Health and Safety Equipment Inspection

Health and Safety Equipment Inspection

Under the Health and Safety in Employment Act, employers are required to identify workplace hazards, and take reasonable steps to eliminate, isolate or reduce them. In the context of outdoor education, the organisation also has a “duty of care” extending to anyone who undertakes a course under its auspices. This document is primarily concerned with the safety of equipment used for abseiling, climbing, and high ropes activities, and no doubt has some application to equipment used by rescue teams, as well as those working at height.

Product standards

During the last decade the European Committee for Standardisation (CEN) has produced a series of standards for climbing equipment. World-wide there is little else available in climbing equipment standards, although the UIAA (International Federation of Alpine Clubs) has long had standards for some items, such as ropes and karabiners, upon which the CEN standards are closely based. Among other things these standards specify minimum strengths for products. In the case of harnesses a minimum strength of 15 kN (approximately 1500 kg) is required. Karabiners, slings, and quick-draws have a minimum strength of 22 kN (approximately 2200 kg).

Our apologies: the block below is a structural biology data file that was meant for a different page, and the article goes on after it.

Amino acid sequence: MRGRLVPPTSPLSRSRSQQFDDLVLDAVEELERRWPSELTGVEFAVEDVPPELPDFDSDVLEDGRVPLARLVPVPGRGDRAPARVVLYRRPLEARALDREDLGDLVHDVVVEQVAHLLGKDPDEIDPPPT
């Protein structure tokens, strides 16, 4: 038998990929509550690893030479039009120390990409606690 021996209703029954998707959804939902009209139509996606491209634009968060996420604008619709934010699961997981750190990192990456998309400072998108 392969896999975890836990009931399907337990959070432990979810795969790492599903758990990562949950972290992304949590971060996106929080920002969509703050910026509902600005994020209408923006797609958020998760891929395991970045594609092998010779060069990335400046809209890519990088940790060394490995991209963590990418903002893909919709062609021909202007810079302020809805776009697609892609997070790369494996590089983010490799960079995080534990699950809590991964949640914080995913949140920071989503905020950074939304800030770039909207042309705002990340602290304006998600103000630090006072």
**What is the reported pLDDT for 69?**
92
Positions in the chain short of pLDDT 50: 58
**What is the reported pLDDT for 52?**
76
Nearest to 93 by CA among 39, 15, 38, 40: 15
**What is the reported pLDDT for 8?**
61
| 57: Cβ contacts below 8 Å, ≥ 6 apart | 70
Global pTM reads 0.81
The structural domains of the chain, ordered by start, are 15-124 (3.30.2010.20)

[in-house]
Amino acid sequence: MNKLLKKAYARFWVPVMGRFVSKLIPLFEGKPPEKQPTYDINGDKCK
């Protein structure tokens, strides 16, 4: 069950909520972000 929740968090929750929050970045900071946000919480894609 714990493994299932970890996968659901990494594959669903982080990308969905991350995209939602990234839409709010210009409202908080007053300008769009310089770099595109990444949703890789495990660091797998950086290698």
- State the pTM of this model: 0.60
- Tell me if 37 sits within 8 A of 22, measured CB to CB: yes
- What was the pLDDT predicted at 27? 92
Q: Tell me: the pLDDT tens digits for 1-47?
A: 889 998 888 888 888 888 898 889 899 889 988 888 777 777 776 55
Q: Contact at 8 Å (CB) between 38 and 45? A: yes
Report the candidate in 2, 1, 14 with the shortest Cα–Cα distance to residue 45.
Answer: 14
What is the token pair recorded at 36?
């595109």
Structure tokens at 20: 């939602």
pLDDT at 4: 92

Inspection procedures

Aside from legal obligations, most organisations wish to project a professional image, as far as possible using equipment which looks to be in good order. It is normal procedure to set up regular inspections to ensure that the equipment has not deteriorated excessively. The CEN standard requirements and the manufacturer’s rating are of course only applicable to the equipment when it is new. Having a higher level of strength when new provides insurance against degradation of the equipment by whatever process. The purpose of regular inspection and retirement procedures is to ensure that the integrity of the item is retained, and that the strength does not fall below a safe limit, say 10 or 12 kN. The frequency of the inspection will depend on the organisation, and could be anything from daily to yearly. A register should be kept so that the inspections can be recorded, and retirement decisions noted. Numbering of each item will normally be necessary to keep track of purchase date and usage.

Inspection Info: